Ethanol has been shown to reduce carbon monoxide (CO) pollution in older (non-computer-controlled) engines. With this reduction in CO, there may be a tradeoff from using ethanol blends because of their higher emissions of Volatile Organic Compounds (VOC) and Nitrogen Oxides (NOx) that contribute to ground-level ozone pollution. In addition, ethanol blends may produce higher levels of aldehydes in exhaust that also contribute to air-quality problems.

Of course, ethanol, unlike crude oil, is a domestic, renewable resource. That benefit has not been diminished.

I have more questions about ARCO gasoline. Where can I get more information?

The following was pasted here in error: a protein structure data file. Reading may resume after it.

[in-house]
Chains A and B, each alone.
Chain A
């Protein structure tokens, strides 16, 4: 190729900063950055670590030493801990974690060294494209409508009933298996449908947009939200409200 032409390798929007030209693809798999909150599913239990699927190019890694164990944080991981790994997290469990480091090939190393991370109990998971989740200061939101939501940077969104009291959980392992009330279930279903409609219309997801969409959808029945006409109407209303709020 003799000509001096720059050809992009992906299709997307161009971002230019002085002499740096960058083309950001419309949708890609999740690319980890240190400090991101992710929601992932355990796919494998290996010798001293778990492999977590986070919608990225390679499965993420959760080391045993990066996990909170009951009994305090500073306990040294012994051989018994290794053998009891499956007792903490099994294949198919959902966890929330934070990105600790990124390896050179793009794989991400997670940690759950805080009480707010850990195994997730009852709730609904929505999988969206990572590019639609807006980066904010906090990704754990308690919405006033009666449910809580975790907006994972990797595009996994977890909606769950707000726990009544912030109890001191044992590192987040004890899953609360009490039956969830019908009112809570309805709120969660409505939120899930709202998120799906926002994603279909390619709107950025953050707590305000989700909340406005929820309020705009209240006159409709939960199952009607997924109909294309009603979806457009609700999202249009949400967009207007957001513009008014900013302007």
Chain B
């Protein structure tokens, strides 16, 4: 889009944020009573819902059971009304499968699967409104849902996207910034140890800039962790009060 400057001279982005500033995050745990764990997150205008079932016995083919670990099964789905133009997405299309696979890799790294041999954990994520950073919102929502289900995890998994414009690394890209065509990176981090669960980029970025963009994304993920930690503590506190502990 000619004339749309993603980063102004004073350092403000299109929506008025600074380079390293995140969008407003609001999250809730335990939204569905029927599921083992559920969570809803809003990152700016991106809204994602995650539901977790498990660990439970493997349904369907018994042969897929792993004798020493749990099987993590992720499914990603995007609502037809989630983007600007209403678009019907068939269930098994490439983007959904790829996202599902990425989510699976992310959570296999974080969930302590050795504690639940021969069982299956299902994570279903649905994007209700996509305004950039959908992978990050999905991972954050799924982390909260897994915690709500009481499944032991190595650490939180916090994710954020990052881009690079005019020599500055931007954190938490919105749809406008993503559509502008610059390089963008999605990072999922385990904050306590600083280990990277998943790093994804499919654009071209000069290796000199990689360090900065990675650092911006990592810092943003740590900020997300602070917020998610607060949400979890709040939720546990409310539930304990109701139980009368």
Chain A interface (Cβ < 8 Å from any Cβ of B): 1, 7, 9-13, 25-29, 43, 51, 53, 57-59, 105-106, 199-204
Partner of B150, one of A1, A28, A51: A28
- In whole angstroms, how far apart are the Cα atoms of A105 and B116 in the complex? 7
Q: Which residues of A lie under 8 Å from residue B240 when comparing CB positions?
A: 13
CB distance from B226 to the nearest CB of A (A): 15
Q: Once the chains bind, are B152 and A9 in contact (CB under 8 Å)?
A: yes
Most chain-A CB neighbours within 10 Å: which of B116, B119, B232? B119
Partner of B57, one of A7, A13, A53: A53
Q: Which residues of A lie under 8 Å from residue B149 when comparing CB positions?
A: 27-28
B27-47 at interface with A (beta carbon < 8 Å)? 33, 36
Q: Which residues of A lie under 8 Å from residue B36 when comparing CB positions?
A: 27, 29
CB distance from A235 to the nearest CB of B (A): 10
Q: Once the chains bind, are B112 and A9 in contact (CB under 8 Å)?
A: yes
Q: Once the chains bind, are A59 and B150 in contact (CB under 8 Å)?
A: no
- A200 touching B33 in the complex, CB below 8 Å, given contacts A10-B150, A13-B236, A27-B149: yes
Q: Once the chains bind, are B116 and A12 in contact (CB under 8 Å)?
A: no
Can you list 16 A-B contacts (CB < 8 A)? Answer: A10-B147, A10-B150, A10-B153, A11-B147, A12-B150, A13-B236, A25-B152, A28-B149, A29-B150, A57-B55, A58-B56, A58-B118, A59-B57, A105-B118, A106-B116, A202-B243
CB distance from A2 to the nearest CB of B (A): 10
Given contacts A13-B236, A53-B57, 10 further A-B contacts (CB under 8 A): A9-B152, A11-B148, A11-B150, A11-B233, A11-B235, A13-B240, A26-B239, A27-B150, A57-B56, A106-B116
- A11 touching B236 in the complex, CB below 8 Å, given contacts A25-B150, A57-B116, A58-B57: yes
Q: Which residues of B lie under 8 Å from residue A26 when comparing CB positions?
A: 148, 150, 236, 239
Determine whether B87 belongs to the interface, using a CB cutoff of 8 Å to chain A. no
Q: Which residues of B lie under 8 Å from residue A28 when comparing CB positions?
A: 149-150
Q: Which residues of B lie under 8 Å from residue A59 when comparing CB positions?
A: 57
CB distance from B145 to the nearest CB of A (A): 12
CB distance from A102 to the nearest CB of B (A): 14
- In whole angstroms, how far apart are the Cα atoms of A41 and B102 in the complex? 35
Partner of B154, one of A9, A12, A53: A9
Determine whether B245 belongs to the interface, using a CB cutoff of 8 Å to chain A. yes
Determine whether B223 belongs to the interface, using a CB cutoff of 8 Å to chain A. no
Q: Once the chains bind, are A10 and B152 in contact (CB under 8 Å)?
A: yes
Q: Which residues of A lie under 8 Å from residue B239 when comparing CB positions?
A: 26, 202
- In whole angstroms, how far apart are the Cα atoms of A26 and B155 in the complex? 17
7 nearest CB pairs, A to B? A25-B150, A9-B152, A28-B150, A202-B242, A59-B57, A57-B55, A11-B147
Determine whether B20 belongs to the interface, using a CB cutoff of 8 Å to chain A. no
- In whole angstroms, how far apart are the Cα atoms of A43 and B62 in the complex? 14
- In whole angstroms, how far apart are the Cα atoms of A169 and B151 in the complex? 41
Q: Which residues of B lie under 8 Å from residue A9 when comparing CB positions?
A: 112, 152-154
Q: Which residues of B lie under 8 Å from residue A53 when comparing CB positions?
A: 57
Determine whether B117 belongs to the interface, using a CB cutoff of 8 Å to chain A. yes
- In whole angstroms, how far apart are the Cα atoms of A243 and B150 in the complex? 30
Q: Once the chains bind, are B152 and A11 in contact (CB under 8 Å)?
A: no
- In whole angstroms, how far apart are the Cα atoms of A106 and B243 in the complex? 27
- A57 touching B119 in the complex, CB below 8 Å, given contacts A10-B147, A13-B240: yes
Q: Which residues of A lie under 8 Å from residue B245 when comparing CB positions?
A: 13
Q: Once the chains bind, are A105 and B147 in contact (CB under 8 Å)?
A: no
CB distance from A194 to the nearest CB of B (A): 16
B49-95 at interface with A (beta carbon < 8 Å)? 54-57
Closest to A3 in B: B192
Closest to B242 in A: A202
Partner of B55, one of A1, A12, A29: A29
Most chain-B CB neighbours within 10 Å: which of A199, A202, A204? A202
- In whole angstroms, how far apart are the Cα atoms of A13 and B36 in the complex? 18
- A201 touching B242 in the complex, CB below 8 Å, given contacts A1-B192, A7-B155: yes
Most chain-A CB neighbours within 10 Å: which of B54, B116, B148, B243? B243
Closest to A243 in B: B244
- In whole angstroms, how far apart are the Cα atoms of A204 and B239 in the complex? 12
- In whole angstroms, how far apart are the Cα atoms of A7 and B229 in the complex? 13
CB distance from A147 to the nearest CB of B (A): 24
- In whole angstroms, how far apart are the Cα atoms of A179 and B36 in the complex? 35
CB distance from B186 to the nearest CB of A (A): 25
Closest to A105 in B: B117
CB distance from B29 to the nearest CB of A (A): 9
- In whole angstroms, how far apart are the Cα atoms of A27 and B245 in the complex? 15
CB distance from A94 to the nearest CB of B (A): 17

Technical information on ARCO gasoline is available from ARCO customer relations at 1-800-322-ARCO (2726) or the ARCO Web site, www.ARCOGAS.com.

How is ARCO affiliated with BP?
Both the ARCO and ampm brands are owned by BP West Coast Products. In recent years, BP has merged with companies such as Atlantic Richfield Company, Amoco and Burmah Castrol, making it the largest U.S. gasoline retailer. As an oil and gas producer, BP has also become one of the largest in the world.

How can I find out about career opportunities with BP, the company that owns the ARCO brand?
Career opportunities at BP in the United States are posted at http://bpcareercenter.com/us/hire.htm. Instructions on how to search for jobs and submit applications are detailed on this site.

What is "Flex Your Power at the Pump?"
Launched by the State of California, "Flex Your Power at the Pump" is a statewide effort to educate and encourage people and organizations to use gasoline more efficiently—saving money and contributing to a healthy economy and environment.